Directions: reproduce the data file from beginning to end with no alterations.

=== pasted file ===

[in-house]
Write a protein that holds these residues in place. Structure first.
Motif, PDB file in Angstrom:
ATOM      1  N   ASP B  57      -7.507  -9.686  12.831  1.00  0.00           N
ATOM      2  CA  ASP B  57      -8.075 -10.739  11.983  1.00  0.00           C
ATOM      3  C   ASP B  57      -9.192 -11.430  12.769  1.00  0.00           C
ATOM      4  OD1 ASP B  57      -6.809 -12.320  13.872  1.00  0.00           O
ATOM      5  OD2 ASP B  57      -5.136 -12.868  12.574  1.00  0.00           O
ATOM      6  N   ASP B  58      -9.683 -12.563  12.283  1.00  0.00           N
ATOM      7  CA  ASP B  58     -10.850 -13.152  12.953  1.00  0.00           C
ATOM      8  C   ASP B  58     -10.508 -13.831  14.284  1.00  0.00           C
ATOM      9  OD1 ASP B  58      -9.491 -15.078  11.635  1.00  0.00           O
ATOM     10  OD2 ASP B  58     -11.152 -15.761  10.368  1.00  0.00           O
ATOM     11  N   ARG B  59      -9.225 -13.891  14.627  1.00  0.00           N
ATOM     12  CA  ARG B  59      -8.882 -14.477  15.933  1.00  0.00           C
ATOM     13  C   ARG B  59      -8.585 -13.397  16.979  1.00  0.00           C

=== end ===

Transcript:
[in-house]
Write a protein that holds these residues in place. Structure first.
Motif, PDB file in Angstrom:
ATOM      1  N   ASP B  57      -7.507  -9.686  12.831  1.00  0.00           N
ATOM      2  CA  ASP B  57      -8.075 -10.739  11.983  1.00  0.00           C
ATOM      3  C   ASP B  57      -9.192 -11.430  12.769  1.00  0.00           C
ATOM      4  OD1 ASP B  57      -6.809 -12.320  13.872  1.00  0.00           O
ATOM      5  OD2 ASP B  57      -5.136 -12.868  12.574  1.00  0.00           O
ATOM      6  N   ASP B  58      -9.683 -12.563  12.283  1.00  0.00           N
ATOM      7  CA  ASP B  58     -10.850 -13.152  12.953  1.00  0.00           C
ATOM      8  C   ASP B  58     -10.508 -13.831  14.284  1.00  0.00           C
ATOM      9  OD1 ASP B  58      -9.491 -15.078  11.635  1.00  0.00           O
ATOM     10  OD2 ASP B  58     -11.152 -15.761  10.368  1.00  0.00           O
ATOM     11  N   ARG B  59      -9.225 -13.891  14.627  1.00  0.00           N
ATOM     12  CA  ARG B  59      -8.882 -14.477  15.933  1.00  0.00           C
ATOM     13  C   ARG B  59      -8.585 -13.397  16.979  1.00  0.00           C